Double-lipped sauceboat

German (Hanover)
Marked by Balthasar Friedrich Behrens (German, 1701–1760)

Object Place: Germany


Overall: 10.5 x 19.4 x 23.2 cm (4 1/8 x 7 5/8 x 9 1/8 in.)

Accession Number


Medium or Technique


Not On View






Inventory number engraved on underside of sauceboat: "S.E." [in block letters] and "No. 4" [in script].

Engraved on side, below handle: Hanoverian arms of Great Britain (in use 1714-1801).


Marked on underside of sauceboat: maker's mark for Balthasar Friedrich Behrens ("BEHRNS" enclosed in rectangle)[Scheffler 1445]; Hanover guild mark (prancing horse with "15" [Scheffler 1450]; "E" [block letter][Scheffler 1448].


1744, George II (b. 1683 - d. 1760), King of Great Britain and Elector of Hanover (original commission) [see note 1]; by inheritance to his grandson, George III (b. 1738 - d. 1820), King of Great Britain and Elector and King of Hanover [see note 2]; by inheritance to his son, George IV (b. 1762 - d. 1830), King of Great Britain and Hanover; by inheritance to his brother, William IV (b. 1765 - d. 1837), King of Great Britain and Hanover; 1837, by inheritance to his nephew, Ernst Augustus I (b. 1837- d. 1851), King of Hanover [see note 3]; by inheritance to his son, George V (b. 1819 - d. 1878), King of Hanover; by inheritance, through the Princes of Hanover, to Ernst Augustus V (b. 1954), Prince of Hanover. 2004, private foundation, United States; 2006, given from this private foundation to the MFA. (Accession Date: January 25, 2006)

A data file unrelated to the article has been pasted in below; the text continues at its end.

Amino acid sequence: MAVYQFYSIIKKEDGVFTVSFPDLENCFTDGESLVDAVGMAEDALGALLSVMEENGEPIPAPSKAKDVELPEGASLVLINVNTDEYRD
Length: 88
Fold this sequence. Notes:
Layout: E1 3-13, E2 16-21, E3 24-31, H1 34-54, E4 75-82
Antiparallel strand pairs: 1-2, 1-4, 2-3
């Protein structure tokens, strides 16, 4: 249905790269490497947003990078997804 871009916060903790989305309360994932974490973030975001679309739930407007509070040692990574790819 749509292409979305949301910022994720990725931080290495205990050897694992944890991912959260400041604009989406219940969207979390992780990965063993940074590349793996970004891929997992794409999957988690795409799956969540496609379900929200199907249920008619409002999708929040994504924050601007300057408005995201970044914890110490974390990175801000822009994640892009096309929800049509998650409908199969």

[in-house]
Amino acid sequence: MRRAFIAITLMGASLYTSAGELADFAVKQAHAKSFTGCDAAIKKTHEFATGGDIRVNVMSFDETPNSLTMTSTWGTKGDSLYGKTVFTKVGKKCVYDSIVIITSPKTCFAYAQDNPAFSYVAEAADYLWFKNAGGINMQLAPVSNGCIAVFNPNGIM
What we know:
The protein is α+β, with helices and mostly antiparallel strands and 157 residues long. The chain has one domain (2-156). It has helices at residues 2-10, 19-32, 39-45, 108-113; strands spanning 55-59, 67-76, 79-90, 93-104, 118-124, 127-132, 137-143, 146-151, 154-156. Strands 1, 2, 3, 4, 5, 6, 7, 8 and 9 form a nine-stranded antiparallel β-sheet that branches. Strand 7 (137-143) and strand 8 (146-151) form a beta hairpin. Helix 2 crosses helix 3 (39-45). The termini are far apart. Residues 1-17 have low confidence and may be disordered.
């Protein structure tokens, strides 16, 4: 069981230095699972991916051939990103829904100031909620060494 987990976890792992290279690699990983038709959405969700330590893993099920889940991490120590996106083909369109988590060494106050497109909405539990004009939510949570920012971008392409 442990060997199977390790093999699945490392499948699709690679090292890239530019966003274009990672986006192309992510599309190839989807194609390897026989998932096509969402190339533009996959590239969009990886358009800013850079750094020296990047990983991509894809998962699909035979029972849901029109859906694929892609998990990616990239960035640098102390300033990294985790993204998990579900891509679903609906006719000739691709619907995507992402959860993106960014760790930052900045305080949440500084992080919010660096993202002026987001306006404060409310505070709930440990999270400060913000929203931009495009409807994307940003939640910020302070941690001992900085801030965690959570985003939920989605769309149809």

[1] This belongs to a set of 12 sauceboats, delivered by Balthasar Friedrich Behrens to the Hanoverian silver chamber on September 16, 1744, and added to the royal silver "Service E."

[2] In 1816, the Elector of Hanover assumed the title of King.

[3] Because by Salic law a woman could not inherit the throne of Hanover, upon the succession of Queen Victoria of England in 1837, the crown passed to the oldest surviving son of George III.

Credit Line

Anonymous gift